The ONS published a welcome note yesterday updating the progress being made with statistics on the migration patterns of international students coming to the UK. It gave a fairly upbeat impression but really only laid bare how little we as a nation know about these students. New statistics are needed – and requiring all students to get a National Insurance Number would be a good start and might even be part of the post-Brexit changes. Lets hope that the ONS and UKSA Board are in there arguing for such changes. The article also had a graphic that was misleading and below the standards that we might expect from the ONS. Continue reading International student migration – ONS update
The recent political coming and goings (the EU referendum, the arrival of a new Prime Minster and Labour’s travails) has seen a period of unusual attitudes to facts. More people seemingly want information and yet the (accurate) use of facts by politicians, some elements of the media and quite a few people has fallen to new lows. Experts are being rubbished, institutions’ reputations are being damaged, and the media is accused of being biased, prompting discussion of a post-truth society. There is much talk of a fractured Britain as technology and globalisation have hastened economic disruption affecting many livelihoods.
This note sets out a few steps – go local, kill the average, be open, do good research, un-spin and tell good stories – that the statistics world might take to help people reconnect with reality and help policy makers understand what might be needed if we are to establish a more sensible approach to debate and policy. It has much in common with the Data Manifesto published by the Royal Statistical Society two years ago. Continue reading Post-truth, post-Brexit statistics
The gender pay gap is one of the most misunderstood areas of British public policy statistics. The only question is the extent to which this is accidental or deliberate obfuscation by pressure groups. The UK Statistics Authority needs to step in to do its part in getting better data, better explaining the existing data it publishes and correcting those who misuse it. It is a shame that the respected IFS has added to the deluge of confusion with its latest report published today.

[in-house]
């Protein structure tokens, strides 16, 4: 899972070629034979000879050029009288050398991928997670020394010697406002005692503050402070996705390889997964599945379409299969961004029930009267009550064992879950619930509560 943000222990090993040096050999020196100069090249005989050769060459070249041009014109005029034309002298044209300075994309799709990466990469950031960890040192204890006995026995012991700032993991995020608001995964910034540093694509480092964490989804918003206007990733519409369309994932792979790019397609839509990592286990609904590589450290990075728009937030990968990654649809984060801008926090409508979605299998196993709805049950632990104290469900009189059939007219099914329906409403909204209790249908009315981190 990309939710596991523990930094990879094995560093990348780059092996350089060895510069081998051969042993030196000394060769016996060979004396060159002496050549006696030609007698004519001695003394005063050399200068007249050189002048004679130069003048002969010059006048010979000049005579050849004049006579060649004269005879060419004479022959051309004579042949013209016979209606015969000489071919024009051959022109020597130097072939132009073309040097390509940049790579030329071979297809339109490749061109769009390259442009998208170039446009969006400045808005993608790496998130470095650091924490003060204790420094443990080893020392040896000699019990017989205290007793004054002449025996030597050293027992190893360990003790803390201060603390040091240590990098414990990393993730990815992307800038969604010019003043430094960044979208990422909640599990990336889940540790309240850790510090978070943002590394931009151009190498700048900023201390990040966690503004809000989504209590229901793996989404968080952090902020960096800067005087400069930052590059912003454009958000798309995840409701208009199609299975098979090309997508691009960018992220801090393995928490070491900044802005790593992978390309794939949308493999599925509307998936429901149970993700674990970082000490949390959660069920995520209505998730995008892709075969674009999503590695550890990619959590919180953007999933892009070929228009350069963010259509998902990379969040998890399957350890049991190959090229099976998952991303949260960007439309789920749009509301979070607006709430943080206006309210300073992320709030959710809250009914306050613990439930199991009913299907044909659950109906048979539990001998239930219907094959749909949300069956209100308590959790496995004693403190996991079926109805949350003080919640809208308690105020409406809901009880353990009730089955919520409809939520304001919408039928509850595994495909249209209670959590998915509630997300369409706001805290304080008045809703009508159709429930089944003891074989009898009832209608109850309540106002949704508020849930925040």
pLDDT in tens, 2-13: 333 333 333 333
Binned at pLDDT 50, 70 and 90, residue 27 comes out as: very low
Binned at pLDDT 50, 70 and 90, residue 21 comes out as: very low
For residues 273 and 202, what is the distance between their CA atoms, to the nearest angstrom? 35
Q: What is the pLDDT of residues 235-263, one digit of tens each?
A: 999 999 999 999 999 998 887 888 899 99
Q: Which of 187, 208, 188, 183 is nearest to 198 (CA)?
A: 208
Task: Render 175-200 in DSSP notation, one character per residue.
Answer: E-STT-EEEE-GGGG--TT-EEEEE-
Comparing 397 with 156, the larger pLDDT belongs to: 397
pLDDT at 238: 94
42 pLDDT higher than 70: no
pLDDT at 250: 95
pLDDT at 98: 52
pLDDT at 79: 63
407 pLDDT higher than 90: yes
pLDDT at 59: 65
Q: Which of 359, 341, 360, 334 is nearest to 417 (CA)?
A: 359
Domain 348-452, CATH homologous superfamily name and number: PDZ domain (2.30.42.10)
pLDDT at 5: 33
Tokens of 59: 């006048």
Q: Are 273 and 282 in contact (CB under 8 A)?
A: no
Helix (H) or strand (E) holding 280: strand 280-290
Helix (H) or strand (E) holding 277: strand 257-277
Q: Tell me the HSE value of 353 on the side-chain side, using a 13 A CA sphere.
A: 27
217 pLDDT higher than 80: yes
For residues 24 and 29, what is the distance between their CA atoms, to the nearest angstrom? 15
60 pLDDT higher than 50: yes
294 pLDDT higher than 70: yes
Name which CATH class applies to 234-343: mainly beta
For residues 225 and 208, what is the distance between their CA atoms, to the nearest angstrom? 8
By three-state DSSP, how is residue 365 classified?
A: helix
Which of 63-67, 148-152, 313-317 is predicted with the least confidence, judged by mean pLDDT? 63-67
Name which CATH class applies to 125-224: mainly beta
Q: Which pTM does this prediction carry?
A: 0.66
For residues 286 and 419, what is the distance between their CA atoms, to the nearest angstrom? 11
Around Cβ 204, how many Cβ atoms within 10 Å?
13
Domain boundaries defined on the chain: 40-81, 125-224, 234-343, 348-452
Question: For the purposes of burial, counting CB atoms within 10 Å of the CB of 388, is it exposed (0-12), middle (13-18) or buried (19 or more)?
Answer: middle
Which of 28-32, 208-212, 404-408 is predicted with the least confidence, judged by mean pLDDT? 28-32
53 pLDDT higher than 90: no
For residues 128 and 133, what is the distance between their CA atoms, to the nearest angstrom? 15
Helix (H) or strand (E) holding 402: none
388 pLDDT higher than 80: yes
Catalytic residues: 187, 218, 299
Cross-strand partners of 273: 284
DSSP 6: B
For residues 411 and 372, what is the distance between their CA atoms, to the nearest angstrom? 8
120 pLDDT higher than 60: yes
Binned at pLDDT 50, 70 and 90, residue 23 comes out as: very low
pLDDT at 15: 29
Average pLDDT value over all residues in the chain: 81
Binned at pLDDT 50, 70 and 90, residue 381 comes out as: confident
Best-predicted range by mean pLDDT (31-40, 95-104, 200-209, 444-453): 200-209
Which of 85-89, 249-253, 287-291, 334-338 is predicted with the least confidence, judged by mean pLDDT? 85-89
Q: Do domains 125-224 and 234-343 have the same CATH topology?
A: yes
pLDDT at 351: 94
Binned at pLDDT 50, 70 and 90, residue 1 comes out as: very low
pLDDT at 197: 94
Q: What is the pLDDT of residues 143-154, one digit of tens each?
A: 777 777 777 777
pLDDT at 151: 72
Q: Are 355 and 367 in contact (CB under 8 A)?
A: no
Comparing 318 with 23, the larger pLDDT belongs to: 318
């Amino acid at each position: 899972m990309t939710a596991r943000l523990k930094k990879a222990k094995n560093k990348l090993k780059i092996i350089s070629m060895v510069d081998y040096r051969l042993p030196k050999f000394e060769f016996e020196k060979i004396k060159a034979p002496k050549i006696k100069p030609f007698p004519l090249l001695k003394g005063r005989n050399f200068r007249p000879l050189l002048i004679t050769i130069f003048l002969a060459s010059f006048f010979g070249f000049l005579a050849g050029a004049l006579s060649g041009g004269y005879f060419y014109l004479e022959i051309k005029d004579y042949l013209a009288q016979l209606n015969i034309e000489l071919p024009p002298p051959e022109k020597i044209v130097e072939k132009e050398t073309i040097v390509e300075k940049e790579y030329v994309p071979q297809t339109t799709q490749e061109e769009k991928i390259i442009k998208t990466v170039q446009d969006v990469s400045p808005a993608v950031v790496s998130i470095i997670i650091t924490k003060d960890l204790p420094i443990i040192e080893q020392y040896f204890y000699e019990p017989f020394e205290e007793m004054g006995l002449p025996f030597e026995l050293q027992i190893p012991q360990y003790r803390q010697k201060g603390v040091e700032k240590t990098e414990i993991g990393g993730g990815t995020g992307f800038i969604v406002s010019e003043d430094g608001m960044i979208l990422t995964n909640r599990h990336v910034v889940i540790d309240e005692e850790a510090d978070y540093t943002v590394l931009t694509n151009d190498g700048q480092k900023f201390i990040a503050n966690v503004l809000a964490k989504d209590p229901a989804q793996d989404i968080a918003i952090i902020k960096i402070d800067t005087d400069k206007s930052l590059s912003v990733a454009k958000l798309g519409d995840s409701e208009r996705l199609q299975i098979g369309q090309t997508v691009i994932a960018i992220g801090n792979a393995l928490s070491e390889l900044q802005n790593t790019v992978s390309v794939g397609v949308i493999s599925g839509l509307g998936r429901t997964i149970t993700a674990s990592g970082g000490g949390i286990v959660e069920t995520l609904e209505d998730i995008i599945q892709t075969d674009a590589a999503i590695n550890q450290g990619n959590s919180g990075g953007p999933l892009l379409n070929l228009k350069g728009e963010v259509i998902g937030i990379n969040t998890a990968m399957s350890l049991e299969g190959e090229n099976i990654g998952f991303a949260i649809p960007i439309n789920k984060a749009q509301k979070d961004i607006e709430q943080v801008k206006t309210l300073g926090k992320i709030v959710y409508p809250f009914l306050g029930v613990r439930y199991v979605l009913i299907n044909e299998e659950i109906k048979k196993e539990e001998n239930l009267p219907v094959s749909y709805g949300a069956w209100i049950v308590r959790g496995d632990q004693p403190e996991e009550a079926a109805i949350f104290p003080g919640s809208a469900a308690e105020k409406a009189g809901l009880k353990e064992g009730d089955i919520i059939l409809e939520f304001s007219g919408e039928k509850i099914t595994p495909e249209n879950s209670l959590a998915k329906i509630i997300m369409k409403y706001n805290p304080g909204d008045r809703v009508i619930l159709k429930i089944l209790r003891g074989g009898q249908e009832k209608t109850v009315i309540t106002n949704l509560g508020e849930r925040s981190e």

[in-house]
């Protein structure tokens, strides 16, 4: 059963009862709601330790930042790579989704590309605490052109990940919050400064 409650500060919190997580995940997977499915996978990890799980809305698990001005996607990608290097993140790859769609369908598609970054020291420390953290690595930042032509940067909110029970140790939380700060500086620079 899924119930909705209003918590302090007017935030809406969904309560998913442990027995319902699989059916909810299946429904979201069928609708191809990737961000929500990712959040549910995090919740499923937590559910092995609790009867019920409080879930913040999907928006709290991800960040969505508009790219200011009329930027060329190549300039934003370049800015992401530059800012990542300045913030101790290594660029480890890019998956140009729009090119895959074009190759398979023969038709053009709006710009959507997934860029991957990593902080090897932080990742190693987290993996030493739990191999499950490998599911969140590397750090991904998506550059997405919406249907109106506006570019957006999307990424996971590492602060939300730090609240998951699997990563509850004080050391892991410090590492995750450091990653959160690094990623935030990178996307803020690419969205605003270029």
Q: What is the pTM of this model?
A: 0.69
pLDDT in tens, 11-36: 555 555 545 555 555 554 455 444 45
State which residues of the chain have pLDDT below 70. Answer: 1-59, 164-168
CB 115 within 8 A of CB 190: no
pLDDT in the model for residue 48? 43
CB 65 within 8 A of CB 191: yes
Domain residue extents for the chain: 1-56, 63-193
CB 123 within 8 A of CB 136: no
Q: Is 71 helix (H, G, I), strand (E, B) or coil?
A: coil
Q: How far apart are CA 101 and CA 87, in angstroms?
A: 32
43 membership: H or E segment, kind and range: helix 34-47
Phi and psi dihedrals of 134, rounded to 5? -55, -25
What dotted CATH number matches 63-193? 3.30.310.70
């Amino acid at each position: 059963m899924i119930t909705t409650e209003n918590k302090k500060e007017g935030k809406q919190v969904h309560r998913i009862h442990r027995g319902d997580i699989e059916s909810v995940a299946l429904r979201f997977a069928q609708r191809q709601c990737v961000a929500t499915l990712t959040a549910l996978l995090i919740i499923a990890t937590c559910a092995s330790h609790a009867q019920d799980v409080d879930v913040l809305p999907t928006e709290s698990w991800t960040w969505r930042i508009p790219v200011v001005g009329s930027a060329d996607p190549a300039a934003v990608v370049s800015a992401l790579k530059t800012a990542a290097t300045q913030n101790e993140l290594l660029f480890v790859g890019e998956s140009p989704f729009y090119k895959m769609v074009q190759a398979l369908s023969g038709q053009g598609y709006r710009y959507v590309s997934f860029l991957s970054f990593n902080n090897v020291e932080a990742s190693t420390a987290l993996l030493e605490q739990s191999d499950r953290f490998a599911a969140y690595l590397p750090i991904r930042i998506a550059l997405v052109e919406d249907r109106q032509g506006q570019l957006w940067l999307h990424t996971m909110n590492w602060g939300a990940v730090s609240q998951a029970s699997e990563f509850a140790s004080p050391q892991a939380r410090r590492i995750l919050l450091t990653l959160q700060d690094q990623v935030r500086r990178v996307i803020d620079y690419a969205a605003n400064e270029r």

So far as the statistics are concerned, the pay gap is the average amount of money paid to men in work versus the average paid to women. So far as legislation is concerned, the pay gap is the difference between the pay of an equally qualified and experienced man and woman doing exactly the same job. Sadly the rhetoric swings happily between the two helping no one. Every time this blows up I simply wish for better data so that we can really understand the issue and put ourselves in a position where we can develop policies that will put an end to discrimination. Instead we get (mostly) ill-thought out hot air. Continue reading The scandal of the gender pay gap
This is a story about how I tried – and failed – to get some data about top performing GCSE students and girls doing STEM-related A levels. The story highlights weaknesses in the Department for Education but also in government statistics and their regulation systems more widely. The public deserves better. A report from the UK Statistics Authority on this quest was published today.
Exam success is key for a school pupil that wants to go to a leading university, on their way to a top job. As the AS levels will soon be a thing of the past, GCSEs are vital in that journey. Yet information about what sort of pupils from which type of schools in different parts of the country get the all-important top grade GCSEs (or study combinations of STEM-related A levels) is largely a mystery as the government denies access to the full set of school-level exam results. Continue reading School exam statistics – state secrets?